On 20 October 2016 the Government introduced the Fairer Paid Parental Leave Bill 2016 containing a revised proposal to remove “double dipping” from the federally funded scheme. Erin McCarthy, Partner and co-author of Parental Leave: A User Friendly Guide discusses the major changes contained in the Bill.
On Mother’s Day 2015, the then Treasurer Joe Hockey announced that the Government would seek to amend the Government Paid Parental Leave scheme to stop parents from “double dipping” by claiming both the Government scheme and any employer funded scheme to which they may have access. This original proposal involved comparing the total value of the Government scheme (18 weeks paid at the minimum wage) against the total value of any applicable employer funded scheme. Only if the Government scheme was more generous overall would a benefit be paid and even then, the employee was only entitled to be paid the difference under the Government scheme. In the absence of sufficient support in the Senate, the 2015 Bill lapsed when the 2016 Federal Election was called.
The Government has now introduced a new bill to Parliament, this time taking a slightly different, and arguably softer approach to achieve the aim of stopping “double dipping”.
The following key changes are proposed to the Government scheme:
- employer funded paid parental leave cannot be taken concurrently with the Government scheme;
- rather than comparing the government and any employer scheme based on total value, Centrelink will consider the number of weeks available to the employee under an employer scheme. Only if that scheme provides for less than 18 weeks paid leave, will an amount be paid under the Government scheme up to a maximum total weeks (across government and employer funded leave) of 18.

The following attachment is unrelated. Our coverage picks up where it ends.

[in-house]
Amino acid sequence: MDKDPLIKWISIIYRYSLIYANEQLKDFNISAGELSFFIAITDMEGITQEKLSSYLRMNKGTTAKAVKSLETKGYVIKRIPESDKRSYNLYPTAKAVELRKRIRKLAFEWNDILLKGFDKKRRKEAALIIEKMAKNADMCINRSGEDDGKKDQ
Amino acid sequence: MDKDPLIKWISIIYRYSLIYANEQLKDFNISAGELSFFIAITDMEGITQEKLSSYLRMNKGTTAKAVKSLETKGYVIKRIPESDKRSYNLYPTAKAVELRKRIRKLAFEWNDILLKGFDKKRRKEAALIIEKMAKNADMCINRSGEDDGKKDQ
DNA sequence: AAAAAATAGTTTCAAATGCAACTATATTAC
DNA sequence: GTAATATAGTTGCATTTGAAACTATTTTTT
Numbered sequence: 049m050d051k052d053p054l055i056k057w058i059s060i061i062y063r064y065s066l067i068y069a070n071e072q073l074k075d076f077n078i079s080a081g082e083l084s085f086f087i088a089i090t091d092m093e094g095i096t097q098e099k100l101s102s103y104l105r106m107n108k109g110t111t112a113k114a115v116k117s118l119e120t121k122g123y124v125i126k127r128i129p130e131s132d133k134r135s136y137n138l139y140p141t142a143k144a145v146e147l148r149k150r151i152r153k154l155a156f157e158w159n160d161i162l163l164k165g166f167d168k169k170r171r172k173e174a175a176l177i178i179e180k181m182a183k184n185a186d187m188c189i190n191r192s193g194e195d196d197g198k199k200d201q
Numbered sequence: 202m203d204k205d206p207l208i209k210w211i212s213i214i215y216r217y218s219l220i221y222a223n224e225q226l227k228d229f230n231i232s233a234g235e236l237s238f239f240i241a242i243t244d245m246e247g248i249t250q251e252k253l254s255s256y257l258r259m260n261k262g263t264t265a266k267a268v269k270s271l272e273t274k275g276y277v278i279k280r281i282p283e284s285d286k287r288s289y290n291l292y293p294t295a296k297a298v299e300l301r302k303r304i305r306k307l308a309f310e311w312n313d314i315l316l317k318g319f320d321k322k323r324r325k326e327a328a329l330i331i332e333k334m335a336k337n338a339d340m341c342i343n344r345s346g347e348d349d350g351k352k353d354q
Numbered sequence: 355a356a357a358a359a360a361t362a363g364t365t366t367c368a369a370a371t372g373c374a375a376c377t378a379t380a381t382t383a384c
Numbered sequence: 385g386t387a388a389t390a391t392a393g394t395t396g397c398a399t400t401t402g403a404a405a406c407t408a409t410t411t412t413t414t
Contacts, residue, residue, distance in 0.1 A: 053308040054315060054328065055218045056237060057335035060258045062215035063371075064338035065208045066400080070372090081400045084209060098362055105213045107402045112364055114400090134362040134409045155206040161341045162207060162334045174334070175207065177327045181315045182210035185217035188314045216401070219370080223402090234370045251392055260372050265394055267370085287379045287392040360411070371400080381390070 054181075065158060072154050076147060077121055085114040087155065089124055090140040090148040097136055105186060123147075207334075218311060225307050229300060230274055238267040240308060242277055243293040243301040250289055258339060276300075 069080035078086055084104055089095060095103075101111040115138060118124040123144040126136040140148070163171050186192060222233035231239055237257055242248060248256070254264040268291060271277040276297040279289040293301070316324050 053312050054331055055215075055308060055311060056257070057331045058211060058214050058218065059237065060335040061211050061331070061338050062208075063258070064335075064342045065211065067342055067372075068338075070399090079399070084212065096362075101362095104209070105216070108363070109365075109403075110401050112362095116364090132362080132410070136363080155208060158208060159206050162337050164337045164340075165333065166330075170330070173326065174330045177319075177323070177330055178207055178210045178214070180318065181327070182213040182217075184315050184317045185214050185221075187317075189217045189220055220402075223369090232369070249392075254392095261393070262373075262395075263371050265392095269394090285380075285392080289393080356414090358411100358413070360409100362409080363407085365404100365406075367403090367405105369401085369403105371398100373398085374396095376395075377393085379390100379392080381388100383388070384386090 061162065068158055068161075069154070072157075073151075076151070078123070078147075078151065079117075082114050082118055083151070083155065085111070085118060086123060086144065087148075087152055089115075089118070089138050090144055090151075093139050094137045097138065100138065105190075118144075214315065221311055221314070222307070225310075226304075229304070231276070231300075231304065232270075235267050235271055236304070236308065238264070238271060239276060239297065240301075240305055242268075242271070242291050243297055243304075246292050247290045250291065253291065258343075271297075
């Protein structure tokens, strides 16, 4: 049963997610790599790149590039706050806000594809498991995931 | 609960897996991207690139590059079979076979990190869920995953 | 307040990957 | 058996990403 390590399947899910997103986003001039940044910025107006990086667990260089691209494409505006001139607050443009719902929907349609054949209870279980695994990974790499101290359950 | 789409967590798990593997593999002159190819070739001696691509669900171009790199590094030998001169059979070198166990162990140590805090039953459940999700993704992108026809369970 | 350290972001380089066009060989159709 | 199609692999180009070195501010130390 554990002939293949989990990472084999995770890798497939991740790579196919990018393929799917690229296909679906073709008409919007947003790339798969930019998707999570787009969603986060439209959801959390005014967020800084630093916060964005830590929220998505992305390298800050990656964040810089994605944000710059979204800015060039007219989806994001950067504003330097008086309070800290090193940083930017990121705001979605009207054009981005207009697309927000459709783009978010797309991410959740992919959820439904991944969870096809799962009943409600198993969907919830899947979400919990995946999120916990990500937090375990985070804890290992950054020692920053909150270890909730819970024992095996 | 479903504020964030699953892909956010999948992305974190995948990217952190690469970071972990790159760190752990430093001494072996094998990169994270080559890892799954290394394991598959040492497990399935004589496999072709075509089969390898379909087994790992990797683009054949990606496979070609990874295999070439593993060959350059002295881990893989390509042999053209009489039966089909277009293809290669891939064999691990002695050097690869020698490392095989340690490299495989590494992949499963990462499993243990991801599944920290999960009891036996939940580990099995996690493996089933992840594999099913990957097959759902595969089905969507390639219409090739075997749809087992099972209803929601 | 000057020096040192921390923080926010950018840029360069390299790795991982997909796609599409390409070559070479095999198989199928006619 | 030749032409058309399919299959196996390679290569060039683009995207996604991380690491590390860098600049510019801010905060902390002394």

- the Government scheme will also provide a supplementary payment for any week where an employee is entitled to a weekly amount under an employer scheme that is less than the minimum wage (but this does not include employer leave taken at half pay);
- if an employer scheme involves payment of a lump sum, Centrelink will divide the lump sum by the minimum wage to determine the equivalent number of weeks paid leave for assessment purposes; and
- where an employer scheme provides for paid leave to be taken at half pay, Centrelink will use the full pay equivalent for assessment purposes.
The one positive aspect for employers is that they will no longer be obliged to undertake the role of paymaster and act as the conduit for payments. All payments will be made directly to the employee by Centrelink.
There has been much controversy about the start date for the revised scheme with the Government stating that it was the intention for the scheme to commence in respect of births or adoptions occurring on or after 1 January 2017. The obvious concern amongst many commentators being that plans would be thrown into disarray for pregnant women who were as far along in their pregnancies as 7 months at the time that the scheme was announced and who had planned their parental leave on the basis that they could access both employer and Government schemes. A number of cross benchers have indicated that if they were to support the Bill, it would be conditional upon a change to the start date to either 1 July 2017 or 1 October 2017. It remains to be seen whether the Government can secure the numbers in the Senate to pass the Bill unchanged or whether negotiation on the start date (or any other component of the Bill) is required.
Piper Alderman will monitor the progress of the Bill and provide an update if and when the changes are passed into law.